A ‘Your Mother’s Guidance’ post by Rebecca Masinter
Leviticus 19 opens with the words: “And God spoke to Moses saying. Speak to the entire assembly of the children of Israel and say to them, ‘You shall be holy, for I, HaShem, your God, am holy.’”
Let’s not get into what exactly we are supposed to do to be holy. Today, I’d like to contemplate that this commandment was given with all of us standing together; men, women, children. Often, when we think of holy people, we imagine someone living alone on a mountaintop with hours to meditate and learn and grow. Or maybe we’re more realistic, but we still think of a holy person as a person who has hours of solitude to learn and pray while sitting in his or her quiet book-lined study.
The Alshich, a transmitter of ancient Jewish wisdom, writes that the Torah is not asking us to isolate or live alone and separate from each other so we can work on being holy and fully self-developed people. Rather, he says, that we specifically should be amongst other human beings, in the assembly or congregation as the verses above teach. In order to achieve holiness we have to be with each other.
I find this very relevant in my life as a mother. Firstly, it is tempting to look back and perhaps think how much more holy I was before I had children. I prayed much more, I never lost my patience, I learned Torah more, I was more active in charity organizations… But that is incorrect. Becoming holy happens amongst other people and I am much more deeply entrenched with other people surrounded by my husband and children than I was alone.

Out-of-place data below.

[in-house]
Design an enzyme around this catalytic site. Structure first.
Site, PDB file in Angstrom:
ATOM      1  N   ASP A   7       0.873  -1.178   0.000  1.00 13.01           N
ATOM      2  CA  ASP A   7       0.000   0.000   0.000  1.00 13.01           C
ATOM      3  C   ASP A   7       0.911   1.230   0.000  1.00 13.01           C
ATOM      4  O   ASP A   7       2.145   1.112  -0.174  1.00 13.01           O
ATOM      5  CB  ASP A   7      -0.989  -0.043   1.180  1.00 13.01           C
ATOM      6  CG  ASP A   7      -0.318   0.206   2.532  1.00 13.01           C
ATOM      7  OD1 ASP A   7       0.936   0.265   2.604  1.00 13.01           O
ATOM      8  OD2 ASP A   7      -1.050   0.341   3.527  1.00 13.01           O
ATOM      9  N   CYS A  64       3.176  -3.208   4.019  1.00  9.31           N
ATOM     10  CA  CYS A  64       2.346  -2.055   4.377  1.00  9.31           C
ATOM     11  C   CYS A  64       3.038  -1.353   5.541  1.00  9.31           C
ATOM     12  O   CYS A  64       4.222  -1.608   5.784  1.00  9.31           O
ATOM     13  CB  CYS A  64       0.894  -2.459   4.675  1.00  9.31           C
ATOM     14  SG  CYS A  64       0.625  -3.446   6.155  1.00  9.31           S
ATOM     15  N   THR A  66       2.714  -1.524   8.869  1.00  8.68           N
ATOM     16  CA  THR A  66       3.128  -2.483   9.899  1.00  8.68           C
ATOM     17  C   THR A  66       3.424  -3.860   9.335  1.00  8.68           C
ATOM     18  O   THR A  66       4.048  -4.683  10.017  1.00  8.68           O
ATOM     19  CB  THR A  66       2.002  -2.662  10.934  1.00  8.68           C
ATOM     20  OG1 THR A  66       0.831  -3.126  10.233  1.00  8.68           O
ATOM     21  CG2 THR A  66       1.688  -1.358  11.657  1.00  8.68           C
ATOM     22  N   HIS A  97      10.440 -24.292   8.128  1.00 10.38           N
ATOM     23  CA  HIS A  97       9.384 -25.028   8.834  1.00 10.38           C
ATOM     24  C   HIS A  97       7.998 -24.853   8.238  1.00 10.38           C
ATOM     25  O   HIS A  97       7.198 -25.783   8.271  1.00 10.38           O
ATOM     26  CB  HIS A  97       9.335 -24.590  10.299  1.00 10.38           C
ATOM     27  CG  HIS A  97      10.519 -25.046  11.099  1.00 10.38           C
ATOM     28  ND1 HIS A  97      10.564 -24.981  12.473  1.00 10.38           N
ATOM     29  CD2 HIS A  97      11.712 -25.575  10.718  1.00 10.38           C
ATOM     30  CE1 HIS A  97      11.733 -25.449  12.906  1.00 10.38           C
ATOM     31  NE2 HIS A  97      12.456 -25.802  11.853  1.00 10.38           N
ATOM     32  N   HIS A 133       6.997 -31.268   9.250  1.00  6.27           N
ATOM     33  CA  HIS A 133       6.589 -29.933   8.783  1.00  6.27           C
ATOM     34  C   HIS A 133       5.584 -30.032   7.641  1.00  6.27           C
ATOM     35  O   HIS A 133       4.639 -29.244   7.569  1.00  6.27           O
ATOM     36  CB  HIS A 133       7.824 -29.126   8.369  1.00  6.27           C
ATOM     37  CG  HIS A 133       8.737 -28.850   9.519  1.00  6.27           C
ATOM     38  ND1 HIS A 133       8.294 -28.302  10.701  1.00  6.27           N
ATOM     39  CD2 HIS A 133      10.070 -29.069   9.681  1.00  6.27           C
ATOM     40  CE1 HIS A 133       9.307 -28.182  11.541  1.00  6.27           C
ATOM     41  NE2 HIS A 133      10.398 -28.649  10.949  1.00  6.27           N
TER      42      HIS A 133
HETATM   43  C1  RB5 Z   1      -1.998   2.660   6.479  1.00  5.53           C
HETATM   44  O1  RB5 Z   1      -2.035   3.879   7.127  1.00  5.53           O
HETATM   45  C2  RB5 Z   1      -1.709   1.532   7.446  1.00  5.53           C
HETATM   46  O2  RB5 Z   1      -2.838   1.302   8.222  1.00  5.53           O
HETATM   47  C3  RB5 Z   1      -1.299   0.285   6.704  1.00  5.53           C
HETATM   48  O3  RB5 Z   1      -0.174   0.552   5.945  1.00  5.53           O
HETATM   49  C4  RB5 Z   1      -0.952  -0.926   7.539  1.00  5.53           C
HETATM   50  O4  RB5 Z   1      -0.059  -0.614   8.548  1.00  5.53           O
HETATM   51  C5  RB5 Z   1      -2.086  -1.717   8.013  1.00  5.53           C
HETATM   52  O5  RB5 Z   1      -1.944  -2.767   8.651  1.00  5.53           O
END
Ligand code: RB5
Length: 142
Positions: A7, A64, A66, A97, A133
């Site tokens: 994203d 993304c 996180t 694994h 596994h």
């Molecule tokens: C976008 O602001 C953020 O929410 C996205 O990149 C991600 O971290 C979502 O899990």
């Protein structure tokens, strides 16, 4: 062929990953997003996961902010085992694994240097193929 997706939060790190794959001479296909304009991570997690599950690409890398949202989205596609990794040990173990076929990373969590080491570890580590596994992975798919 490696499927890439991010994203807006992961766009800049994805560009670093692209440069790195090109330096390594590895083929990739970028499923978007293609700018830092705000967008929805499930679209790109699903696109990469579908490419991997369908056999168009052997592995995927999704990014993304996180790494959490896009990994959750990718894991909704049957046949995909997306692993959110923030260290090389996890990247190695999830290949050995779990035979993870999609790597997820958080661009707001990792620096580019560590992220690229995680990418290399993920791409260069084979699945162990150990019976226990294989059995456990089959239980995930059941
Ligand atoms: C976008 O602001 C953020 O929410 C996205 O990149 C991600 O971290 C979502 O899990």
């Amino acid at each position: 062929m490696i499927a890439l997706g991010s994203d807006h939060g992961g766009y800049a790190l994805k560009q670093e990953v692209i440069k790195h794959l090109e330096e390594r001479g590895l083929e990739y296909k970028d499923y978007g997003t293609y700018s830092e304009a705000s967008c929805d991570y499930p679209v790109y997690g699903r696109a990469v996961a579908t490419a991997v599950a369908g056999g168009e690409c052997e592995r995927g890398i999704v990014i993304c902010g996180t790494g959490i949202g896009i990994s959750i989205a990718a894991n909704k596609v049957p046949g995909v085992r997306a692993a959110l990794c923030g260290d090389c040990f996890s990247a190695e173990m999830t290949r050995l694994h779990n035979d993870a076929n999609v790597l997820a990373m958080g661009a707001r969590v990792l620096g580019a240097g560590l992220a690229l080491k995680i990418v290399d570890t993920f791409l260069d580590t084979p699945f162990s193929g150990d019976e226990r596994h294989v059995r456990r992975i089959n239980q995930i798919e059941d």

God wants me to be holy as I live closely together with my family.
And yes, that means that I won’t have as much time to devote to prayer, to learning, to charity organizations. And yes, it even means I won’t have as much time to devote to my personal growth and development, but that’s the point. Holiness doesn’t really come from isolation. Holiness is something I can develop and attain as I work on myself amongst my family and amongst the other people in my life. Developing good character traits is much easier before you live with others! But true good character traits come when we live with others and still work on becoming better, more sensitive, caring, and giving people.
By being mothers, having little time for ourselves, we may incorrectly think we’re not attaining holiness. In reality, the opposite is true. By working on self-development even as we’re distracted and tired, by giving, by stretching ourselves to greater heights of patience, self-control, and love, we’re attaining holiness the way we’re meant to, not in isolation but among the entire assembly of men, women and children.